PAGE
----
Blue Like Jazz the Movie: Some Thoughts

I saw Blue Like Jazz a bit ago, now.  I liked it.  I’m sure you’re not surprised.

I’m biased, but I really liked it, I did.  And I laughed.  A lot.  It probably has something to do with the fact that I was sitting next to

Claire Holt, playing "Penny"

Don, who laughed even at the parts I didn’t get (the sound still has to be calibrated, or something like that).  It was so fun to sit together and watch the movie adapted from his book, with fictional characters based on our lives.  Fun and not as weird as I thought it would be.

I’ve been used to the idea of seeing someone named Penny on the screen for a while now.  Don sent me the screenplay several years back.  I was immensely flattered that he had created such a virtuous character and put my name on it.  I was flattered, and a little dismayed.

I texted Don my thoughts on the movie.  They went something like this:  “I love it!  You did such a great job portraying Reed.  And you made me look like hot shit!”

Don, being ever sensitive to portraying his friends on the page and on the screen, texted me back a worried – I might even say agonized – message.  “You think I made you look like shit? I’m so sorry!”

I had to explain to Don, as I feel I must explain to you, that it’s difficult to be immortalized at the age of 21.  Especially when you are immortalized to fit the dictates of fast-paced, conflict-driven story writing.  Without giving any details away I’ll just say that Penny-in-the-film is a lot more virtuous and dare-devil than Penny-in-the-flesh.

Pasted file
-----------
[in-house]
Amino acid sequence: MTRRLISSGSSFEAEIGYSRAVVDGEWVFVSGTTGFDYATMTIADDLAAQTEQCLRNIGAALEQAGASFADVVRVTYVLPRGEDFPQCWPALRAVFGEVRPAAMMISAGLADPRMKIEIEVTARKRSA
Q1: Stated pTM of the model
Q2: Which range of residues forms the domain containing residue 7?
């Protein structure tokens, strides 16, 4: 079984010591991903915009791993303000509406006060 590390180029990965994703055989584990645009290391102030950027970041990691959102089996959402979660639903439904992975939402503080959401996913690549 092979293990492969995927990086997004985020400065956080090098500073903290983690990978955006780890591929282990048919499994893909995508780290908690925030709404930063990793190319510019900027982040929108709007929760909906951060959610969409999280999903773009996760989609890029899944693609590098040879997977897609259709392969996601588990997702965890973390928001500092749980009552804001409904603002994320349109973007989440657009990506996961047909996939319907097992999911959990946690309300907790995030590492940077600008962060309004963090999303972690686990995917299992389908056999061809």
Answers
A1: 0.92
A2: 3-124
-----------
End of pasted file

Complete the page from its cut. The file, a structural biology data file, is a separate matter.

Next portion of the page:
There were several parts where Penny talks about her mother, and these bits made me tear up – cry, even.  I’m not sure what they’ll do to you, but it was difficult to see her struggle with the reality of having a homeless and schizophrenic mother.  But, at least for me, it was liberating, too.  It’s been nine years since I was at Reed and ignoring my mom, and we’ve come a long way since then.  I no longer have to deal with the guilty and shameful feelings of knowing I’ve let my mother languish on the streets with no one to care for her.  I’m glad Penny’s story is no longer my own.

Blue Like Jazz is a good, and above all, funny movie.  I’ll definitely watch it again and again.  I may not have the same response as those who grew up in the church, because that’s just not my story.  I’ll leave it to the rest of you to decide whether it did a good job portraying the struggle to come to terms with one’s upbringing and one’s faith.  For me, I resonated with the struggle to be honest and true to yourself, even when it’s not a popular thing to do.  Truth be told, that’s still a lesson I am learning.

—–

One final thing:  you should know, Penny in the movie may be cooler than Penny in real life, but I’ll tell you what:  my conversion story is way better than hers!  For that, you’ve got to read the book.  (***OK, when I say stuff like that, it hits me: It’s so weird, it’s so weird, it’s so weird to be immortalized in a book and a movie!!***)

Thanks for reading.

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5 thoughts on “Blue Like Jazz the Movie: Some Thoughts”

  1. I can’t wait to see the movie 🙂 I’m really excited about it, though it has to be really weird to be in it(!). I can’t even imagine. … Better you than me! Well, at least I got married a little later into that year? Not sure anyone’s 21st year should be held up to the spotlight… yikes.

  2. Your humility is what makes the real Penny so great. Thanks for sharing your impressions. Though we have yet to meet in person, I eagerly await meeting you on the big screen.

    I’m pleased to read about your improved relationship with your mom and maybe BLJ the book and the movie can expedite your own book getting on the market. I’ve not forgotten. Keep writing. We need to hear your stories, too.

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